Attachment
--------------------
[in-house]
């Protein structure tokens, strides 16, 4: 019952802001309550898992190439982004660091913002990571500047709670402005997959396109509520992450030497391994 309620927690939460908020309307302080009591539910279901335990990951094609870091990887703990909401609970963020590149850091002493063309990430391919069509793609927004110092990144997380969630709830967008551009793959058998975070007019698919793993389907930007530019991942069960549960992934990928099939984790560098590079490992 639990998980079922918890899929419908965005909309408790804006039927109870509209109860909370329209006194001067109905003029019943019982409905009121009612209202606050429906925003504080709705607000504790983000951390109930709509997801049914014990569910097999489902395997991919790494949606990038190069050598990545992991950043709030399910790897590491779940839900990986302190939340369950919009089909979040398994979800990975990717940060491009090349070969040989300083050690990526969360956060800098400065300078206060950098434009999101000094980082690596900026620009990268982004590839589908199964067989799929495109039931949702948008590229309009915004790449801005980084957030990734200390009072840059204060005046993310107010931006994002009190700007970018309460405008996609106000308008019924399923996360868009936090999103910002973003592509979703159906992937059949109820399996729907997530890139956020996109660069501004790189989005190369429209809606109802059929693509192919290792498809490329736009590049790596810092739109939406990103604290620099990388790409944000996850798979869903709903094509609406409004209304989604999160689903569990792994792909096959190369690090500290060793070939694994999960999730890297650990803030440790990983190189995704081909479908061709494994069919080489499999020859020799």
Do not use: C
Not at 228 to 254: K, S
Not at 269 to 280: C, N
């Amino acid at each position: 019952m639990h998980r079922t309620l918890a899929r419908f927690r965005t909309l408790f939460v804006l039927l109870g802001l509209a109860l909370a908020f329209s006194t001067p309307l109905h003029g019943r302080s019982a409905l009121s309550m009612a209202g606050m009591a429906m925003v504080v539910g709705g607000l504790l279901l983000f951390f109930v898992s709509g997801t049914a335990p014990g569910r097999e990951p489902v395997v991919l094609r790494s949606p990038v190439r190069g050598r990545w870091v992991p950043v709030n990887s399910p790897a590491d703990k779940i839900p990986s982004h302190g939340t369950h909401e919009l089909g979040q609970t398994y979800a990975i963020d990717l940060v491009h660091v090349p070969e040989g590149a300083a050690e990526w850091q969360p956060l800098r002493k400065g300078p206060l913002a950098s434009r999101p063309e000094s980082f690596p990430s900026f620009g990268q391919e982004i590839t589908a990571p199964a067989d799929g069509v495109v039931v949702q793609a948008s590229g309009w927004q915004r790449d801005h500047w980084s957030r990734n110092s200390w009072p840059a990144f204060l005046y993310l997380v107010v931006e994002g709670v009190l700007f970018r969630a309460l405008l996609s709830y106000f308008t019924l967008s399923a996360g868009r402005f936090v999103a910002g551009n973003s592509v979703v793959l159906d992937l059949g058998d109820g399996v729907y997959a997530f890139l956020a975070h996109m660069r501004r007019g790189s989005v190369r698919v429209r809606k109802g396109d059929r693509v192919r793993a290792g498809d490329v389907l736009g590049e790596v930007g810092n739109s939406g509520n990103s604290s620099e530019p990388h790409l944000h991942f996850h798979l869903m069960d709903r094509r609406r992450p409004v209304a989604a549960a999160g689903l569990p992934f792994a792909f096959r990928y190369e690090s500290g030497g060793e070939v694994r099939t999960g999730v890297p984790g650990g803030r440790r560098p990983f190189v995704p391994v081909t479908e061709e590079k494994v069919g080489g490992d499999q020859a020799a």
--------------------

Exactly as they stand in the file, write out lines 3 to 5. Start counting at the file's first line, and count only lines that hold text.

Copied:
Do not use: C
Not at 228 to 254: K, S
Not at 269 to 280: C, N